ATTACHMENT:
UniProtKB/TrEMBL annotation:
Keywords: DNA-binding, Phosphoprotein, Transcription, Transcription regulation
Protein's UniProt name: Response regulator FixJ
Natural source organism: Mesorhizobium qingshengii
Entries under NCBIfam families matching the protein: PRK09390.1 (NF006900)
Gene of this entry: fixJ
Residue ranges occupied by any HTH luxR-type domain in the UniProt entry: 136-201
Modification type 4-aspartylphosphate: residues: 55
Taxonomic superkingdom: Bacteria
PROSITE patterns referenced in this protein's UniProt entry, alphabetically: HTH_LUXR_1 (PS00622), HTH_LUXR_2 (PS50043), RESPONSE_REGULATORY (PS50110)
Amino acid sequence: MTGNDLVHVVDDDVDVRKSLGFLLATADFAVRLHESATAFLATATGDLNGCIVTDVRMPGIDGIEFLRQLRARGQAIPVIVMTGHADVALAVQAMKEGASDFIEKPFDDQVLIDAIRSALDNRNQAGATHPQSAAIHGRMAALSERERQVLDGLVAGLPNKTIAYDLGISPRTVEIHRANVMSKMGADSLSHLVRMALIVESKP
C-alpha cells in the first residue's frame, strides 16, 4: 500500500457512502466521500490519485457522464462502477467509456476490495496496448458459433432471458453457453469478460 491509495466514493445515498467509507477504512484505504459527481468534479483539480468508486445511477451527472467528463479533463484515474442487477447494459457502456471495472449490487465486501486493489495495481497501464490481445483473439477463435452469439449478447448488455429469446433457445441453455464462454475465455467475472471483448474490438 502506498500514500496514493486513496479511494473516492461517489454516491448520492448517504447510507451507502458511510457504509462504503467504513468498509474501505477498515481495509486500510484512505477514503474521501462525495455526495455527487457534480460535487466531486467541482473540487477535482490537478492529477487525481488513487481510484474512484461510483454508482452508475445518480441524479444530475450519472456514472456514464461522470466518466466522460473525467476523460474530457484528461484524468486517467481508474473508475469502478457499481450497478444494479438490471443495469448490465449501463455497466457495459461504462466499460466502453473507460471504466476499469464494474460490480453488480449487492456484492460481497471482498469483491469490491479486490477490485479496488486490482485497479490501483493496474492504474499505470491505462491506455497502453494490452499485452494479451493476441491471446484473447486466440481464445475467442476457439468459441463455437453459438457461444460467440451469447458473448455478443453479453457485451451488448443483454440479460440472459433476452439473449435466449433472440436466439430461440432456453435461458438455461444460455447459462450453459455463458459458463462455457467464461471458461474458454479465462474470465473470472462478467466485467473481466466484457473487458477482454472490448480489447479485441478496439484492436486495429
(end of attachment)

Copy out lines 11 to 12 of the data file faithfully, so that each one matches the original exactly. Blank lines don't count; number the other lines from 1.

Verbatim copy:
Amino acid sequence: MTGNDLVHVVDDDVDVRKSLGFLLATADFAVRLHESATAFLATATGDLNGCIVTDVRMPGIDGIEFLRQLRARGQAIPVIVMTGHADVALAVQAMKEGASDFIEKPFDDQVLIDAIRSALDNRNQAGATHPQSAAIHGRMAALSERERQVLDGLVAGLPNKTIAYDLGISPRTVEIHRANVMSKMGADSLSHLVRMALIVESKP
C-alpha cells in the first residue's frame, strides 16, 4: 500500500457512502466521500490519485457522464462502477467509456476490495496496448458459433432471458453457453469478460 491509495466514493445515498467509507477504512484505504459527481468534479483539480468508486445511477451527472467528463479533463484515474442487477447494459457502456471495472449490487465486501486493489495495481497501464490481445483473439477463435452469439449478447448488455429469446433457445441453455464462454475465455467475472471483448474490438 502506498500514500496514493486513496479511494473516492461517489454516491448520492448517504447510507451507502458511510457504509462504503467504513468498509474501505477498515481495509486500510484512505477514503474521501462525495455526495455527487457534480460535487466531486467541482473540487477535482490537478492529477487525481488513487481510484474512484461510483454508482452508475445518480441524479444530475450519472456514472456514464461522470466518466466522460473525467476523460474530457484528461484524468486517467481508474473508475469502478457499481450497478444494479438490471443495469448490465449501463455497466457495459461504462466499460466502453473507460471504466476499469464494474460490480453488480449487492456484492460481497471482498469483491469490491479486490477490485479496488486490482485497479490501483493496474492504474499505470491505462491506455497502453494490452499485452494479451493476441491471446484473447486466440481464445475467442476457439468459441463455437453459438457461444460467440451469447458473448455478443453479453457485451451488448443483454440479460440472459433476452439473449435466449433472440436466439430461440432456453435461458438455461444460455447459462450453459455463458459458463462455457467464461471458461474458454479465462474470465473470472462478467466485467473481466466484457473487458477482454472490448480489447479485441478496439484492436486495429